Sins of a Father (cont)
Posted: Tuesday January 15, 2008 10:22AM; Updated: Tuesday January 15, 2008 2:12PM
Corey would be homeschooled, first by a teacher and then on-line, and deprived of a conventional childhood, but Jim was sure that the sacrifices were worth it. The growing in-line skating community believed that the emerging sport would soon be featured in the Olympic Games. But even if not, Corey could always follow the path of other in-liners such as Olympic gold medalists Apolo Ohno and Chad Hedrick, trading in his rubber wheels for metal blades to pursue his Olympic dreams in speedskating on ice. The Gahans had little financial incentive to move to Florida -- there is no U.S. professional circuit for in-line skaters -- but Jim didn't care. He had made money in an assortment of businesses, including importing champagne. "Every parent wants their kid to be the best," says Jim, "but every kid wants to be the best."
In keeping with a recurring theme, Jim had a falling out with Corey's coach, and he hired Phillip Pavicic, a bodybuilder and gym manager, to work with his son. Early in the relationship Jim and Pavicic mapped out a training strategy for Corey, then 12. Jim says it was at this point that Pavicic recommended performance-enhancing drugs. (Pavicic declined repeated interview requests from SI.) "Corey and I sat down, had a little talk, and he said he wanted to do it," recalls Jim, 41. "I said all right."
There's disagreement about who administered the shots: Corey says his dad and Pavicic injected him, Jim accuses Pavicic and, through his lawyer, Pavicic points the finger back at Jim. Regardless, there's no dispute among the three principals on this: 12-year-old Corey was placed on a heavy-duty regimen of HgH and steroids.
Almost immediately after the cycle began, the contours of Corey's body changed. But the effects went beyond bigger biceps and calves. Shortly after his 13th birthday in May '02, Corey returned home one afternoon feeling wobbly and paranoid. He vomited multiple times. "I think I crashed on a cycle really hard," he recalls. In the aftermath of this episode, Pavicic took Corey to see John Todd Miller, a Tampa man representing himself as a doctor. According to court documents, Miller ordered blood work on Corey and found that the kid had more than 20 times the normal level of testosterone for an adult male. Nonetheless, the documents show, Miller would later begin providing testosterone to Corey. (Miller did not return calls seeking comment.)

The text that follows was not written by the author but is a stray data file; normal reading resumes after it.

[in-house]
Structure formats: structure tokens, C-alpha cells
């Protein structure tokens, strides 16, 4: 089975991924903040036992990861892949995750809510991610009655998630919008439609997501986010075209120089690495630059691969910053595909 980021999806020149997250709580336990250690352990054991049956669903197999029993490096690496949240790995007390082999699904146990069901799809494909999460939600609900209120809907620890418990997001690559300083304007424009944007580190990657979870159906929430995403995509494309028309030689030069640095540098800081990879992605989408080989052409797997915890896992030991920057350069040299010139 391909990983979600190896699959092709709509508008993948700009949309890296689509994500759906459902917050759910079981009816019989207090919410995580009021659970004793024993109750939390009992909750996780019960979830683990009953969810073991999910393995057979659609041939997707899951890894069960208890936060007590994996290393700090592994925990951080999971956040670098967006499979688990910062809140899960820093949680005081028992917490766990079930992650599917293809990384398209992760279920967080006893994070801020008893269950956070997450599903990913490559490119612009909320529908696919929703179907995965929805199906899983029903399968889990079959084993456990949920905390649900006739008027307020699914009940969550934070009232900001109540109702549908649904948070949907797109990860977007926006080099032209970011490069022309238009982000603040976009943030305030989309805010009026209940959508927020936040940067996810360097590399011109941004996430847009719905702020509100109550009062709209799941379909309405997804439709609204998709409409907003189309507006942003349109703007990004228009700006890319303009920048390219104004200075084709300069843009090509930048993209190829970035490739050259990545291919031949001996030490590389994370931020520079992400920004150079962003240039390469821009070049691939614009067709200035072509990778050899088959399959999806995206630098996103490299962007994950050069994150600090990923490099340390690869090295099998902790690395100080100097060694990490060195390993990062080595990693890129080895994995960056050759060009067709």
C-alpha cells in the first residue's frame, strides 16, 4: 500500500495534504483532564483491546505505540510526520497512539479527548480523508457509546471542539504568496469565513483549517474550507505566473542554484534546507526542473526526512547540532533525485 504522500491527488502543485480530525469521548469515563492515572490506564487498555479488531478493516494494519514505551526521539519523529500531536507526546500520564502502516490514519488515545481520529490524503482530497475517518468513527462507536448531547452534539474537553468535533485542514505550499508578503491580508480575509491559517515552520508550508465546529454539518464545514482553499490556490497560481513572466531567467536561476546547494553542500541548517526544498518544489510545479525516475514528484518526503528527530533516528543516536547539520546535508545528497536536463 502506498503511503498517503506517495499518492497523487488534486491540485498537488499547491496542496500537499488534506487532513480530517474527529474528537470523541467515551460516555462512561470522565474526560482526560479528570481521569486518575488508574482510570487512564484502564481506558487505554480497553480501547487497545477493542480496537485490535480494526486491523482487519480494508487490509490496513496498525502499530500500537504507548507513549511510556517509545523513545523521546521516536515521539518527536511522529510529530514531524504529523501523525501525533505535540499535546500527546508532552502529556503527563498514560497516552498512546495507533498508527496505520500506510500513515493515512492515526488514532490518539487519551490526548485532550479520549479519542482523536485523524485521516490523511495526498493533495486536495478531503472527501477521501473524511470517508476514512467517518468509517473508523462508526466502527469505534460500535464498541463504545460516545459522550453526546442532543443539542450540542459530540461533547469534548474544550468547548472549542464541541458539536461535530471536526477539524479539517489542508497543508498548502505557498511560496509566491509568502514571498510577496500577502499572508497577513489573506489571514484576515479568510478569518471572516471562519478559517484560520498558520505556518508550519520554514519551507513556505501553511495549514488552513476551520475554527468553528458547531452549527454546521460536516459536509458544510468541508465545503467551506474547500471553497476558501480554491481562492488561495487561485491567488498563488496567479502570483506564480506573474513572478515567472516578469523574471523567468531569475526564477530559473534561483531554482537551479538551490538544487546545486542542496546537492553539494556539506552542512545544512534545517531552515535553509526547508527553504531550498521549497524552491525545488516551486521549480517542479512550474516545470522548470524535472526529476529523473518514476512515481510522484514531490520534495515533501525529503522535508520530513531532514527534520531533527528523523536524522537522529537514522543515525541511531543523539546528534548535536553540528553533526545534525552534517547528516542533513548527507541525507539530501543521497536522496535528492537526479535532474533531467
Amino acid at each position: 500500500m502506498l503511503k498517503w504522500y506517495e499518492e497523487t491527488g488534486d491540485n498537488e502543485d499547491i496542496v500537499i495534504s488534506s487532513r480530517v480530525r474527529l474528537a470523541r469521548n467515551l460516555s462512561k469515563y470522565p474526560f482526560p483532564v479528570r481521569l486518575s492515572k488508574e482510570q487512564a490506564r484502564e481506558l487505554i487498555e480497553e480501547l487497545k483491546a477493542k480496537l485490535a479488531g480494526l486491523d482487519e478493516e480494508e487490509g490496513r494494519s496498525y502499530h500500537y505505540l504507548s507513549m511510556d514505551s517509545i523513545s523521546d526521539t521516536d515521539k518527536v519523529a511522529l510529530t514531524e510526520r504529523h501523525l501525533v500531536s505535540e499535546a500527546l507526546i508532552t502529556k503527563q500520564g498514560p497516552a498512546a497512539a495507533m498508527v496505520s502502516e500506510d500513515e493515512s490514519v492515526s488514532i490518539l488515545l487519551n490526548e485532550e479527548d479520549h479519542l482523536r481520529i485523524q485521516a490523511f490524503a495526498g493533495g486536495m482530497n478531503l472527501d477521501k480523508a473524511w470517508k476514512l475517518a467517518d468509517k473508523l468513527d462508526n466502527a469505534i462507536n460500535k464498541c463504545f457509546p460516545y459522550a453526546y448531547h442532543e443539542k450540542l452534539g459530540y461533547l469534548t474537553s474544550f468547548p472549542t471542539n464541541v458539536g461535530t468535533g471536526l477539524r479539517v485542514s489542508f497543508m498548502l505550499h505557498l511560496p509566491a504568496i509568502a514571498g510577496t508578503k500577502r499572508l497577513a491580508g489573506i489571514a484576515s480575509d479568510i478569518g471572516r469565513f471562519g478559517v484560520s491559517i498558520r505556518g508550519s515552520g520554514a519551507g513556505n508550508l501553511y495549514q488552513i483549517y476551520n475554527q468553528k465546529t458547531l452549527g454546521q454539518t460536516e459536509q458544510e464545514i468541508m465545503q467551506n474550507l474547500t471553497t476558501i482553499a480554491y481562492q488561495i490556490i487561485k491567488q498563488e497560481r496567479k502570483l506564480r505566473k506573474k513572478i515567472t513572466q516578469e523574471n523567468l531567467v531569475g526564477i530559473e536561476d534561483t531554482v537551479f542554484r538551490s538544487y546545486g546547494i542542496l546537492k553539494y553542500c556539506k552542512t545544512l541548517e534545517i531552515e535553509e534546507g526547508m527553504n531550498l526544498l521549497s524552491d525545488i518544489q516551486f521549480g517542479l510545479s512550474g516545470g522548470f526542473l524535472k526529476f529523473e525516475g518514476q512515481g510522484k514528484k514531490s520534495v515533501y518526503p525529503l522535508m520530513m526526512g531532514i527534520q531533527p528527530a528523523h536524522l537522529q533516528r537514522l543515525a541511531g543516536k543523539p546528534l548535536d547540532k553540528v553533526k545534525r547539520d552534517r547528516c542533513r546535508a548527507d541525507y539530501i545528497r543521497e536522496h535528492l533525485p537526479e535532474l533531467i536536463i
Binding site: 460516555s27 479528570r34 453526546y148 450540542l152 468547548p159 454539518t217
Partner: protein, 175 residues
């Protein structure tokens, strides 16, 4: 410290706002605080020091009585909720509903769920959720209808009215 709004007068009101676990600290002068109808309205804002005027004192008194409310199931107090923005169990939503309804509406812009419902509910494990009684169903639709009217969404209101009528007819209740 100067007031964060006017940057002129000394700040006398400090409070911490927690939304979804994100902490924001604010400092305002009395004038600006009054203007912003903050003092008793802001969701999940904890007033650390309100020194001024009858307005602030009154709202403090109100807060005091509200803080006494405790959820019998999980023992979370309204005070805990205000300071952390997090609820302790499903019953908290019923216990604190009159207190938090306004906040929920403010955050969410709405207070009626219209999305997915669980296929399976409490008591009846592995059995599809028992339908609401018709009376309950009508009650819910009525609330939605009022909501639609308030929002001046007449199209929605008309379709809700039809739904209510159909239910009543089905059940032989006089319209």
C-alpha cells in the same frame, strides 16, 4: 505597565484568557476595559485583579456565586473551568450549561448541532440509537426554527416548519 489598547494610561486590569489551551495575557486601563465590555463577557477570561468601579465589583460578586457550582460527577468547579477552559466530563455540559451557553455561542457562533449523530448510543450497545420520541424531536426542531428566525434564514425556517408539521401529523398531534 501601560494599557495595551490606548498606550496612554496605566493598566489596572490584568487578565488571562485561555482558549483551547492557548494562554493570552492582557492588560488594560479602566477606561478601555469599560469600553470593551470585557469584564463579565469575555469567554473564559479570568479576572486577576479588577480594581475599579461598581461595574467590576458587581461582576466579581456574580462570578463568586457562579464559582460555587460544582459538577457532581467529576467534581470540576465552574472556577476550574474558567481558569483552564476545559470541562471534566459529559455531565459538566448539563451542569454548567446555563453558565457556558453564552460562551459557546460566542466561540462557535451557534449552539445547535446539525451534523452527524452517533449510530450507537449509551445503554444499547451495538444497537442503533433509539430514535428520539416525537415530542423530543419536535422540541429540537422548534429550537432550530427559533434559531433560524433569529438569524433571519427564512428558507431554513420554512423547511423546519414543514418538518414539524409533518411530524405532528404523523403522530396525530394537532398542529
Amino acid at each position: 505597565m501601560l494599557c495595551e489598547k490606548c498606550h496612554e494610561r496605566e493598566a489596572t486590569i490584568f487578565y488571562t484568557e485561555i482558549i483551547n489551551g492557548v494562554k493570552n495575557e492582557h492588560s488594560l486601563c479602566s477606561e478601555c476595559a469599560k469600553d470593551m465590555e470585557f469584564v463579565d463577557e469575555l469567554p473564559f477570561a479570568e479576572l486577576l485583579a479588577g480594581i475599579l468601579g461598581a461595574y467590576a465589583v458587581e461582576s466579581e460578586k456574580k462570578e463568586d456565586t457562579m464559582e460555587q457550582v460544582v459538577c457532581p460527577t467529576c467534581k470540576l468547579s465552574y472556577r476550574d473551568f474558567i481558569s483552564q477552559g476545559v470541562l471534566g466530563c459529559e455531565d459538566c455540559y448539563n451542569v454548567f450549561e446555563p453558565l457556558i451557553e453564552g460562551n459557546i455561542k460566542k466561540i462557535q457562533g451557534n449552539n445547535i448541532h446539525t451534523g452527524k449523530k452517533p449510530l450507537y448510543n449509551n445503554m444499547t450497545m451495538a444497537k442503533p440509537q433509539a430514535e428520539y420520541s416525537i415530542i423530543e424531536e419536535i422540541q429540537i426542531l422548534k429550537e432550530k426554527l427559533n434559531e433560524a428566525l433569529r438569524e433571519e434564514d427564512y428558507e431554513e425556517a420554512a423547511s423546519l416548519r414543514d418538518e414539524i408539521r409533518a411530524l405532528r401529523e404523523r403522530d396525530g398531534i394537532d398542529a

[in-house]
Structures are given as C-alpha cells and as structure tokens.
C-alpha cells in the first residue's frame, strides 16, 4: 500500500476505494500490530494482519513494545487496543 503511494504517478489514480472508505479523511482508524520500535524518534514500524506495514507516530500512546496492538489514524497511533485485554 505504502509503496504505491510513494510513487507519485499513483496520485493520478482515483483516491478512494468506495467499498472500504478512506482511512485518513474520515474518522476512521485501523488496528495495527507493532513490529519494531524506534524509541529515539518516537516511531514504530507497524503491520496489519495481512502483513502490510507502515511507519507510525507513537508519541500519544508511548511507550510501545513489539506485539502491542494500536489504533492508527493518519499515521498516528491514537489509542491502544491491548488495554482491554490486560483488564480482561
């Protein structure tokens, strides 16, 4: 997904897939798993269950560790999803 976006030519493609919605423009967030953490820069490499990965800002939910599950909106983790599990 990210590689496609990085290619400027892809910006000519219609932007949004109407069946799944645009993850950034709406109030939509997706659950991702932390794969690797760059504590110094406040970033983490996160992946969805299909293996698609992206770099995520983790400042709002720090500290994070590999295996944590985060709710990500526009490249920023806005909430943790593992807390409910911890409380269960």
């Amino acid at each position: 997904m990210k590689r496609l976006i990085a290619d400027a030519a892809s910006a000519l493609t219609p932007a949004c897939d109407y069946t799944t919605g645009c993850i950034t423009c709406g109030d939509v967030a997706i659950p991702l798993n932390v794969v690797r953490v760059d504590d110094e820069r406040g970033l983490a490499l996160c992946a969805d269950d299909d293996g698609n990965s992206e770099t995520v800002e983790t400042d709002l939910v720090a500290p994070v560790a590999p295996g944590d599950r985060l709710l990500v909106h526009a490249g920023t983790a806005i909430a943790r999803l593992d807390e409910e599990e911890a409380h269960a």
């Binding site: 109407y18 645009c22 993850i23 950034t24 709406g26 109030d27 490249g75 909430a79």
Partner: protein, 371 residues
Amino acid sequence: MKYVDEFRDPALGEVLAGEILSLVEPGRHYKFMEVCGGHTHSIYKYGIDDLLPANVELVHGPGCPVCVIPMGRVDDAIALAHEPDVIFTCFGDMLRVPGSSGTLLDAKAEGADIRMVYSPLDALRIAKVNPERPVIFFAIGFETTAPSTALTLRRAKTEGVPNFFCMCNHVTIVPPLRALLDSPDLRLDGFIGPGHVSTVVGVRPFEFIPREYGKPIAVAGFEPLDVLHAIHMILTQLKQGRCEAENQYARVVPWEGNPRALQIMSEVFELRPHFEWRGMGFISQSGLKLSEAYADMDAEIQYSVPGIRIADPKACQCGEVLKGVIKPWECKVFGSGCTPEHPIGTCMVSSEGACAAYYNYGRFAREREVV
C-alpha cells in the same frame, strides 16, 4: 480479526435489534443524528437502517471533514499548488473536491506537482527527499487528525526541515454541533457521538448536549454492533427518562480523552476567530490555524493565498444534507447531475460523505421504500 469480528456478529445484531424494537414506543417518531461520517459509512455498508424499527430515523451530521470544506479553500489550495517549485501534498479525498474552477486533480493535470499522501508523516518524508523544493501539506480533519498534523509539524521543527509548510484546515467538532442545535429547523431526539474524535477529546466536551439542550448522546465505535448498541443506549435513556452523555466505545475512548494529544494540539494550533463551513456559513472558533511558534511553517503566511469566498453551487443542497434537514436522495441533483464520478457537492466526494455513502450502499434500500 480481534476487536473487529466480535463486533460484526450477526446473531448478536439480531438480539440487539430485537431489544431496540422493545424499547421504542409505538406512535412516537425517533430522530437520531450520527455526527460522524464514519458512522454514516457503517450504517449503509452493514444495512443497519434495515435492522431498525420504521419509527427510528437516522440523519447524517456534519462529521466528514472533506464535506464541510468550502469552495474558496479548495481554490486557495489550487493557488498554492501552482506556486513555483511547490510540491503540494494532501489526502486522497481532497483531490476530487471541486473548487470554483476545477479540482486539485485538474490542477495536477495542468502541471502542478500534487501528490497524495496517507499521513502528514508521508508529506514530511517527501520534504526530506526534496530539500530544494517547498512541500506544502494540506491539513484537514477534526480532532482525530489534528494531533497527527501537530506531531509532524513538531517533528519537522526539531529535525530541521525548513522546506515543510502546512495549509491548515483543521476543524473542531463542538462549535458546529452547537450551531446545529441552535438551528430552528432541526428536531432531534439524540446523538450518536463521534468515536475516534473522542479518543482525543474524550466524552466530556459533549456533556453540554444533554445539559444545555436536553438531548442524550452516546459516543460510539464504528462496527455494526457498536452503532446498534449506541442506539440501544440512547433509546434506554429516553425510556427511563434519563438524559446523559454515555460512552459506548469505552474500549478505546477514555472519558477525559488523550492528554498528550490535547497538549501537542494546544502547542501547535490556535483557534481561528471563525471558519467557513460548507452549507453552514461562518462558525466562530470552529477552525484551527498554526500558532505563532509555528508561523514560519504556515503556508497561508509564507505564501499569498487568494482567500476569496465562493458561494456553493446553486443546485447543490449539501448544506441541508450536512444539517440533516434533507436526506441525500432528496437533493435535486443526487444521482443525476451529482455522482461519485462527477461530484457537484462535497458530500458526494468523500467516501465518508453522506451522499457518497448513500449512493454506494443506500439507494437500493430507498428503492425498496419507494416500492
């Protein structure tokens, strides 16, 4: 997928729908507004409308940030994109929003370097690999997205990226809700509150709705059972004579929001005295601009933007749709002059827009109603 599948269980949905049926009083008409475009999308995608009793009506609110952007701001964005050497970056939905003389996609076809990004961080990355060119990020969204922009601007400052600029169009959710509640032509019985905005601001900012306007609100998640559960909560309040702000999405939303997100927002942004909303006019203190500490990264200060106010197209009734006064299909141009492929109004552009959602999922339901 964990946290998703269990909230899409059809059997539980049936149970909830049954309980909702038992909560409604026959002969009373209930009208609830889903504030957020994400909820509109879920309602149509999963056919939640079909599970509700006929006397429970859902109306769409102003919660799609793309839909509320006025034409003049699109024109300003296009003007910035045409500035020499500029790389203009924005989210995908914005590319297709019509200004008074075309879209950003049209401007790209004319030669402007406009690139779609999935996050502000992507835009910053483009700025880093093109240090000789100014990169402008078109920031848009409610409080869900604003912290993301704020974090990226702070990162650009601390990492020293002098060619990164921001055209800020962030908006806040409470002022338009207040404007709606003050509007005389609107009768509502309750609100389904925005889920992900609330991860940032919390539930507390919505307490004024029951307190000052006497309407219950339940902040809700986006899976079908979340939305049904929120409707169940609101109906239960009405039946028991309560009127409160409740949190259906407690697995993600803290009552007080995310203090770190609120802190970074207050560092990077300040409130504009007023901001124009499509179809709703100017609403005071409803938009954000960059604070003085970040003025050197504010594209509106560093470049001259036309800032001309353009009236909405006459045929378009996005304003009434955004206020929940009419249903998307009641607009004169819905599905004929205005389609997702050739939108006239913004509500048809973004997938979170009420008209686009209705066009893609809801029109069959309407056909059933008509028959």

Whatever ambivalence Corey may have had about injecting steroids, he says it dissipated when he first visited Miller. Hanging alongside various diplomas suggesting that Miller was a doctor -- he, in fact, was not -- were framed photos of prominent athletes from a variety of sports who, Corey assumed, were all seeing Miller. Corey did a double take one day when he saw 420-pound Paul Wight, better known by his WWE stage name, the Big Show. (In October 2003 Wight told Hillsborough County investigators that he received steroids and the painkiller Nubain from Miller.) "Wow, what's going on?" Corey recalls wondering. "Is [this] really how everyone does it?"
The Big Show had company. On a sign-in sheet from Aug. 27, 2002, obtained by SI, Corey's name appears between that of Randy Poffo (a.k.a. the since-retired professional wrestler Macho Man Randy Savage) and that of the late wrestler Brian Adams (a.k.a. Crush). SI also obtained invoices and receipts for drugs from Miller's clinic, signed by Poffo, who could not be reached for comment. Records indicate that other Miller clients included former major league pitcher Anthony Telford, who admitted to investigators that he had purchased testosterone from Miller, and late WWE wrestlers Chris Benoit and Eddie Guerrero, who was paying Miller $300 to $400 a week for testosterone and HgH. As one investigator told The Palm Beach Post in October, Miller was "the Victor Conte of professional wrestling."